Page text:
posted by Thorzdad at 11:59 AM on March 15, 2006


SPACEHOPPERS!!!!!!

The BBC "I Love 1974" programme is probably a good place to start. You can download this off most BitTorrent sites. The BBC's 70s and 80s nostalgia programmes are way ahead of their US-oriented VH-1 competition... longer (90 mins), more in-depth, and actually gets the subjects of the retro faddish in to talk about themselves or be lampooned.
posted by meehawl at 12:04 PM on March 15, 2006


1974 a la Wikipedia
posted by Sara Anne at 12:52 PM on March 15, 2006


Dang. I had no idea Alyson Hannigan was my age.
posted by Sara Anne at 1:00 PM on March 15, 2006


Friendly Dog Salad

Because Charles Schulz probably threw a legal shitfit over this.
posted by hermitosis at 1:15 PM on March 15, 2006


Robyn Hitchcock has an excellent song called "1974": lyrics link
posted by Eater at 1:42 PM on March 15, 2006


Serve up some Harvey Wallbangers, Tequilla Sunrises, and Boone's Farm Wine. Plus Quaaludes.
posted by tula at 1:46 PM on March 15, 2006


Did you watch Life on Mars? That was a great resource for starting with 70s thinking, costumes, etc, because it deals with a modern-day person going back to 1973 and it's UK. If you didn't watch it, see if you can get hold of even one episode from somewhere. Check out the BBC's Life on Mars site, especially the 'Remembering the 70s' page and the page which compares decades (and has a list similar the the one you've made above).

What you really need to do if you want to find some 70s recipes is to see if you can go to the local charity shop and pick up a couple of cheap 70s women's magazines like Woman's Day. They'll have recipes and more importantly ads which will detail the types of foodstuffs that were popular in the UK at the time - I suspect a lot of the responses you're getting here, while they're great, are very much US-centric.

I don't have many food ideas except for fondue, which really does seem to have been the quintessential 70s thing even here in Australia. For costumes, though, my lingering 70s memories are of ankle-length skirts, halter necked tops and dresses, tight denim for both males and females, large lapels and wide ties, lots of brown, orange and green.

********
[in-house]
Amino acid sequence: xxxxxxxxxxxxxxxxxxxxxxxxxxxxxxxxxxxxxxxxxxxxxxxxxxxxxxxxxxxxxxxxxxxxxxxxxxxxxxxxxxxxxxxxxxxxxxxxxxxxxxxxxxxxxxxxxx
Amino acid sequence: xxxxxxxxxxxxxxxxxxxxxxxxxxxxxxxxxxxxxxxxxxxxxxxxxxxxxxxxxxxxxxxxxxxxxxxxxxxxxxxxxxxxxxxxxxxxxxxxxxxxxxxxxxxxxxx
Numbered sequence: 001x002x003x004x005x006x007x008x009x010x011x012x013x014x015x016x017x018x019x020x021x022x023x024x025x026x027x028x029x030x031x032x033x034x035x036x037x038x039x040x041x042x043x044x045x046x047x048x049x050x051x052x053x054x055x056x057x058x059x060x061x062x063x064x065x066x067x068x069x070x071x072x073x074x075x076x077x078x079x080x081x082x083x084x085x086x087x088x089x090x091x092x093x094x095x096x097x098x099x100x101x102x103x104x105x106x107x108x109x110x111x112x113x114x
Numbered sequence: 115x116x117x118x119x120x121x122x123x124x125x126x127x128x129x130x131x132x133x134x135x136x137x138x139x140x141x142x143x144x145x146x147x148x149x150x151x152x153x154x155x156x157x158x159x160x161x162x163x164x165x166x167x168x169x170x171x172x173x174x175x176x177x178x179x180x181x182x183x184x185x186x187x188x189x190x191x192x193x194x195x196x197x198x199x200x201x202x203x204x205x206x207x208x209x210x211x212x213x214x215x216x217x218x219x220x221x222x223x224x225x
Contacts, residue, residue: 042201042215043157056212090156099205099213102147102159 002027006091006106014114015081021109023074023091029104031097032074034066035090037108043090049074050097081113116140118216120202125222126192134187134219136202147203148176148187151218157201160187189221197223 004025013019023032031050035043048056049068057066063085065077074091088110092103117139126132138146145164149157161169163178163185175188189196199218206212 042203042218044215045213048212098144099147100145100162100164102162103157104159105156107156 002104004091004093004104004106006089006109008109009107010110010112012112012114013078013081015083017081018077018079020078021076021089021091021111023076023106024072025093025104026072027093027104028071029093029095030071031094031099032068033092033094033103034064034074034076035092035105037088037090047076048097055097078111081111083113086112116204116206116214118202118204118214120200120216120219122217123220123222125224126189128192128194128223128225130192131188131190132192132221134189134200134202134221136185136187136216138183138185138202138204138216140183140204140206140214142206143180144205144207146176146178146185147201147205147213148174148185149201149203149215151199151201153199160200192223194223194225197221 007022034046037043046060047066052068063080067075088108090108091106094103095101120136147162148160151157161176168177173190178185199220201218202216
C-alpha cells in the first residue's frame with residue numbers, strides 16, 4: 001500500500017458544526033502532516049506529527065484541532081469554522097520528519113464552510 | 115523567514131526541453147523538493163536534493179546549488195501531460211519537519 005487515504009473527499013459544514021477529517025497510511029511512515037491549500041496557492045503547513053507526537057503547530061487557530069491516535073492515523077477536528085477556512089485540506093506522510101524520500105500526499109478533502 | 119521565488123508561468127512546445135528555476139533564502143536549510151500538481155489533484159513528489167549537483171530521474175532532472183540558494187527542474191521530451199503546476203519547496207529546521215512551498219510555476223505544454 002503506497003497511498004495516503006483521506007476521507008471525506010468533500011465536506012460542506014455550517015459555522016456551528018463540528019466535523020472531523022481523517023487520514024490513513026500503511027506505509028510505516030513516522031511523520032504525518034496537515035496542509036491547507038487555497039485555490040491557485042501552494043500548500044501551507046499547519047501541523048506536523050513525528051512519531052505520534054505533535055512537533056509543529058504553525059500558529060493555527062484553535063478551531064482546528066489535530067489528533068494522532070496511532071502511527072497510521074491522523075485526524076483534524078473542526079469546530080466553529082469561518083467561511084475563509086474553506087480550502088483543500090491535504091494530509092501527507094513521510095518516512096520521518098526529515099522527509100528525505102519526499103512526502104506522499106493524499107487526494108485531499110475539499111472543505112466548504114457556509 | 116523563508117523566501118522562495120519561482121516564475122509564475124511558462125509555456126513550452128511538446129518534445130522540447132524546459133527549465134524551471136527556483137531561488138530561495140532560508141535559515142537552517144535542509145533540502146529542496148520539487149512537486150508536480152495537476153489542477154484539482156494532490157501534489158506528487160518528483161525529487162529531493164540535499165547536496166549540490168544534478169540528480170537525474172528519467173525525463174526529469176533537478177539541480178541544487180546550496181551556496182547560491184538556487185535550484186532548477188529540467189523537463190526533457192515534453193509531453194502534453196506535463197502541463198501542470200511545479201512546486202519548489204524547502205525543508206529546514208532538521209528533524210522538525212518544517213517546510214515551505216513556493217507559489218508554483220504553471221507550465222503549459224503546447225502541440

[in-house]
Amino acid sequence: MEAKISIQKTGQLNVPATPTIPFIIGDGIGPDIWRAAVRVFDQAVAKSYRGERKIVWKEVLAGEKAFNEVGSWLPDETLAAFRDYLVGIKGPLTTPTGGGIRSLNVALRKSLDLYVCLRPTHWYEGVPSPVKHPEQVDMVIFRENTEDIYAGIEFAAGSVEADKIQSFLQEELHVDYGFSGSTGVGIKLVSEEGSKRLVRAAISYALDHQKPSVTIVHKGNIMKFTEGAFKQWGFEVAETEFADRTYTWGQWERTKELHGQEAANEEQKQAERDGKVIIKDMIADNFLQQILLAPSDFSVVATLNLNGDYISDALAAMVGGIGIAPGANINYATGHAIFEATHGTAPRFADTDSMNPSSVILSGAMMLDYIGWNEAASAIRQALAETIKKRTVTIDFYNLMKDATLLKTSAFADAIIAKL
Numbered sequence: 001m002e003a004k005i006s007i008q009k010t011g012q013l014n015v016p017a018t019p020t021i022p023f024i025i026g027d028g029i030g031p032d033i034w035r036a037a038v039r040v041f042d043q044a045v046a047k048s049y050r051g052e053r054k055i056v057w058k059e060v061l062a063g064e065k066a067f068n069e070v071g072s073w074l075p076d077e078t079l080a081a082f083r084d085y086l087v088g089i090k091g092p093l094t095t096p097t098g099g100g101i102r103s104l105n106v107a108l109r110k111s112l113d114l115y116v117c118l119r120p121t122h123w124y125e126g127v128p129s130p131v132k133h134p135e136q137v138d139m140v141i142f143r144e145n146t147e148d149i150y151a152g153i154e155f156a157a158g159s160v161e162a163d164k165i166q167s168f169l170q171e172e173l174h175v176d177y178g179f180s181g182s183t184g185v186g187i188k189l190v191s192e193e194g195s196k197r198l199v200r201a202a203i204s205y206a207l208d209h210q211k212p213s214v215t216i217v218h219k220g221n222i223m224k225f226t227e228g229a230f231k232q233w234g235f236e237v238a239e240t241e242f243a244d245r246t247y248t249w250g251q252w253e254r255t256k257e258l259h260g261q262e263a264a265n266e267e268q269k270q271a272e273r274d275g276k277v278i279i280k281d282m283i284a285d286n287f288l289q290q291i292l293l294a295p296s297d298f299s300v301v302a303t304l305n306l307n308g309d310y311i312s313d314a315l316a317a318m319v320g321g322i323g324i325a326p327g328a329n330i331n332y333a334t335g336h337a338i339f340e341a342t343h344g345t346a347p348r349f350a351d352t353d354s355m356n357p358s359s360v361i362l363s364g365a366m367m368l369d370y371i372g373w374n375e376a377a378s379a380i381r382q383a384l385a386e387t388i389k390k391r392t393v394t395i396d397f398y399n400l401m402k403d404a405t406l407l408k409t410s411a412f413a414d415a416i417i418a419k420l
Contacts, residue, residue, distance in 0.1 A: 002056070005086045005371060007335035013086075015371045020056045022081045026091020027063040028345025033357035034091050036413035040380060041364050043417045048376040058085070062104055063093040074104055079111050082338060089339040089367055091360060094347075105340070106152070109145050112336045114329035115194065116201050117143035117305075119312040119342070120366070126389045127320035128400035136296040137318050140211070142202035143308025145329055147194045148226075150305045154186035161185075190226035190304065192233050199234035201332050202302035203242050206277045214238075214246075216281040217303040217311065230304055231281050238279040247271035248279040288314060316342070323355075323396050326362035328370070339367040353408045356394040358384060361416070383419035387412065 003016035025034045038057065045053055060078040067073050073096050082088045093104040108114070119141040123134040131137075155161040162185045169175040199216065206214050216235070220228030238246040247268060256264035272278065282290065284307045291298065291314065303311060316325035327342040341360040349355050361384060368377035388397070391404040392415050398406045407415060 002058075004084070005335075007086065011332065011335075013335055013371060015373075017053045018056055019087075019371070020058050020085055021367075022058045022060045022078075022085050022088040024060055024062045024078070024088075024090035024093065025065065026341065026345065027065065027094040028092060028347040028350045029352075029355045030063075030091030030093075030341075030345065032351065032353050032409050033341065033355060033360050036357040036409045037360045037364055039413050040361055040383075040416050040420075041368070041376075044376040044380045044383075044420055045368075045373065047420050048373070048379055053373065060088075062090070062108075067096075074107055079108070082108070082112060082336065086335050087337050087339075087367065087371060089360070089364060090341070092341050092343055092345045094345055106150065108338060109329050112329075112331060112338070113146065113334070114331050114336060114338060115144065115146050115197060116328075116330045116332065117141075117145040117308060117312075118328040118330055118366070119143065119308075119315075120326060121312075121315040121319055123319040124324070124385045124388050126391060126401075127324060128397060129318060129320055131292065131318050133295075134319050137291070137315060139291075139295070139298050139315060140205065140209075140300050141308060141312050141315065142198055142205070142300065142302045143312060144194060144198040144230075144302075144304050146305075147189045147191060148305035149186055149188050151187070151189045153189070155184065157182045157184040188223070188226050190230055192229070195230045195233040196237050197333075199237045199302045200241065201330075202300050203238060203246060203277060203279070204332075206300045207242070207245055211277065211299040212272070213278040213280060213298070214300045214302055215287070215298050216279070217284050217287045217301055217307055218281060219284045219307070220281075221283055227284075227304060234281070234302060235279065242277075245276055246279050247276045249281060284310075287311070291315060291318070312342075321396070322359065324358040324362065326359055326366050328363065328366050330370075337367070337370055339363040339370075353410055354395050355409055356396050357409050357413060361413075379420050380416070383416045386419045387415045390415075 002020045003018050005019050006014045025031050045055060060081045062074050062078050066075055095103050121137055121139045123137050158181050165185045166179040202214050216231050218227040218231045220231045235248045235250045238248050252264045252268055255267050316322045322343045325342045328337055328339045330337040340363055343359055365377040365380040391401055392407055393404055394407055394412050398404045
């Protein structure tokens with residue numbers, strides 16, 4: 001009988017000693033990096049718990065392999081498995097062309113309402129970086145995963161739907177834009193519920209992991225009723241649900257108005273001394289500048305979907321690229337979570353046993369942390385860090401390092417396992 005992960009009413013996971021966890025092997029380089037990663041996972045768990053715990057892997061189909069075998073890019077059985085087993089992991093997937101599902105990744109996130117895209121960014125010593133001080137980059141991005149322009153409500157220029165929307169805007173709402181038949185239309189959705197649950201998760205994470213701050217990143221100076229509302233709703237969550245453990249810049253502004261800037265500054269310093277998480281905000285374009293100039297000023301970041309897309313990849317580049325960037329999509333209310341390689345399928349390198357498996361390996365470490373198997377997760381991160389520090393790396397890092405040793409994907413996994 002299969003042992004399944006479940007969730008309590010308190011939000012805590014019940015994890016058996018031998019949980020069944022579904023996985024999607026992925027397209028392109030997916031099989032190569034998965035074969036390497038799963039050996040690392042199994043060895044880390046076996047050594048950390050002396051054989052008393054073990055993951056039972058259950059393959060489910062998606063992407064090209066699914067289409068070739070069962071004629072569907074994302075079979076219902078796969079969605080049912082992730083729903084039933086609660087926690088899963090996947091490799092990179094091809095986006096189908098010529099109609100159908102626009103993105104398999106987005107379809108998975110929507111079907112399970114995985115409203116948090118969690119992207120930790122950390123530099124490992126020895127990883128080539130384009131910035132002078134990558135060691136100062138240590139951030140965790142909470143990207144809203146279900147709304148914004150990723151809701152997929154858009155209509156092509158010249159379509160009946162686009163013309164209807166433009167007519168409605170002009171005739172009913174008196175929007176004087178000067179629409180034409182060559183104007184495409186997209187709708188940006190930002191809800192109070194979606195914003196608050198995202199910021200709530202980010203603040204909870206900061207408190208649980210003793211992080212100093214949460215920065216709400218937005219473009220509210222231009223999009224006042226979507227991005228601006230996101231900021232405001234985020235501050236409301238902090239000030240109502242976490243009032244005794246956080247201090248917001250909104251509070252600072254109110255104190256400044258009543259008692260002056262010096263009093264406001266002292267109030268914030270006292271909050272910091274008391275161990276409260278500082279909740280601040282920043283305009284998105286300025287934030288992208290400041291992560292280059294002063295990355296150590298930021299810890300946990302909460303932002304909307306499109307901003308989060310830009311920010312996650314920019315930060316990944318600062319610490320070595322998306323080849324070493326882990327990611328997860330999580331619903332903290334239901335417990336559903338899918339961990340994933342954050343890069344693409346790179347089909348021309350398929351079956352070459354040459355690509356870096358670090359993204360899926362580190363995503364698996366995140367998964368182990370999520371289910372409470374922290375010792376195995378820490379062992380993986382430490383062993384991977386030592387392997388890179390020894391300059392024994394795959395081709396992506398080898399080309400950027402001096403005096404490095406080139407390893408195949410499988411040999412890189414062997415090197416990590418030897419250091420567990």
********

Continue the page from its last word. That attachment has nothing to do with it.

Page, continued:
posted by andraste at 3:42 PM on March 15, 2006


1974 was my era. Ice cream drinks were very popular then, served at all the fancy "supper clubs". With names like "The Timbers" and, in my hometown there was "Velzey's Supper Club". The ice cream drinks I most remember were: Pink Squirrel The Grasshopper. The Harvey Wallbanger was also a big drink then. My parents drank Manhattans, which I thought was very sophisticated.

As for food, yes fondue was a big fad then, but the fanciest dinners we had were really thick, super marbled steaks, iceberg lettuce salads with blue cheese dressing, and a baked potato with butter, sour cream and chives. We would then have chocolate fondue for dessert.

Hors d'oeuvre were things like radishes, olives, sweet pickles, and pickled herring in a fancy serving dish. Also, there was the old standby of potato chips, with sour cream and onion dip in the middle.

The only thing I really miss? Iceberg with Bleu Cheese dressing.
posted by generic230 at 4:46 PM on March 15, 2006


You must serve horrid "cocktails" like rum and blackcurrant or brandy and Babycham (my God... can you still get Babycham? If not use any sparkling cidery sort of drink). Prawn cocktail (with bottled thousand island dressing and limp lettuce) should be involved. Little cubes of pineapple (tinned) and cheese on cocktail sticks. Cocktail sausages on sticks. What the hell was it with the early seventies and the word "cocktail"? This has only just occurred to me. Black Forest Gateau, Chocolate Fudge Cake or Banana Cream Pie for afters.

And yes, I lived through it.
posted by Decani at 6:50 PM on March 15, 2006


EVEL KNIEVEL!
posted by davidmsc at 7:18 PM on March 15, 2006